"To learn how to speak about their lives in the context of the times while not excusing the harm they caused is a journey of empathetic self-discovery. To dismiss my own experiences of despair would be to betray myself, but to narrate my parents’ experiences outside of the structures they had to submit to would be dishonest.
Author Jamil F Khan lays bare the experience of living in a so-called middle class Coloured home in his memoir, Khamr: The Makings of a Waterslams
“The subjects of generational trauma have to learn to be healers. We have to learn to understand minds, and blood, and connective tissue. We have to become the people we hate to honour the people we love. We are sailors adrift at sea, balancing on 1 000m swells while still advising those on the shore how to assemble the life rafts needed to save us. The burden of navigating generational trauma while trying to end it weighs heavily on one’s existence.”
With this responsibility accepted, writing the story was much more cumbersome and painful than I had anticipated.
There were times when I would stare at my computer screen for an hour, with only the chapter number written down.
It was not that I did not know what to write, but that what I had to write down had seized my abilities. In some ways, the release of trauma can be just as annihilating as the experience of it.
While writing, I was also experiencing a repetition of some of the trauma I describe in the book.
If it is possible that our journeys to healing lie in the power of words, then I hope that my chosen language fuels one such journey.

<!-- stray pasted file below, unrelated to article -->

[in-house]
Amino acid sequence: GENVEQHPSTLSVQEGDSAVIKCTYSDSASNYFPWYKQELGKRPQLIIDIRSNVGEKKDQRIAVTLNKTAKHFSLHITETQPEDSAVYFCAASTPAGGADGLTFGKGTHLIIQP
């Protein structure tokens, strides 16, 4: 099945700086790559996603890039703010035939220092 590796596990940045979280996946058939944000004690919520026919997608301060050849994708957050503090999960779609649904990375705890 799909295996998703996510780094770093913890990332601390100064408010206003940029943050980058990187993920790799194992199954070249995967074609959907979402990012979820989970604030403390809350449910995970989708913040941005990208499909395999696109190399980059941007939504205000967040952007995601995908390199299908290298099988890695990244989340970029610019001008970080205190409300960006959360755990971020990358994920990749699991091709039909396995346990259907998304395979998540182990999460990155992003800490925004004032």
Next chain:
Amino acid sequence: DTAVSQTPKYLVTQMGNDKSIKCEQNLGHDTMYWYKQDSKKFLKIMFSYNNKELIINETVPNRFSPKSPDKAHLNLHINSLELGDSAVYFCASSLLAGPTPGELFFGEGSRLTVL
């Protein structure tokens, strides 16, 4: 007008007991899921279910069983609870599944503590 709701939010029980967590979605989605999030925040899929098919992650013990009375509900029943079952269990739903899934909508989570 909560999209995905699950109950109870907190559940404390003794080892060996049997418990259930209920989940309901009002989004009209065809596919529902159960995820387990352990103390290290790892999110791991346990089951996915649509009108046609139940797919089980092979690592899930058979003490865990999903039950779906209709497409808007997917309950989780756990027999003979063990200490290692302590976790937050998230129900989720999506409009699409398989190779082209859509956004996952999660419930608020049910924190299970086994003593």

Subjected to the same kind of power I was unpacking, I started realising that my circumstances dictated the language I used. The vocabulary I chose to describe certain events was heavily influenced by the emotions I experienced at the time of writing.
The emotions I experienced were not only inspired by memory, but also by my prevailing reality. The past I was writing down was also the present I travelled through.
Though difficult, I am grateful for the richness and specificity my writing process enabled for this offering. In a word, writing this book has been freedom.
Though Khamr is my way of ending a lifetime of shame and uncertainty, I hope it is but the beginning of a collective healing for so many who do not fit into the binaries we so confidently abide by as a nation.
May it be a start for the many overdue conversations shut out by denial and dishonesty.
I am both elated and terrified of what we can do with the words I have laid out. If it is possible that our journeys to healing lie in the power of words, then I hope that my chosen language fuels one such journey.
Khan is a Cape Town-born, Johannesburg-based critical diversity studies PhD candidate, researcher, author, columnist and poet. His research focuses on the politics of creolisation and Coloured identities in SA, while exploring the interrelationships of power in race, ethnicity, gender (identity) and sexuality. Khamr: The Makings of a Waterslams will be released on April 10. Preorder the book for a discounted price of R179 from loot.co.za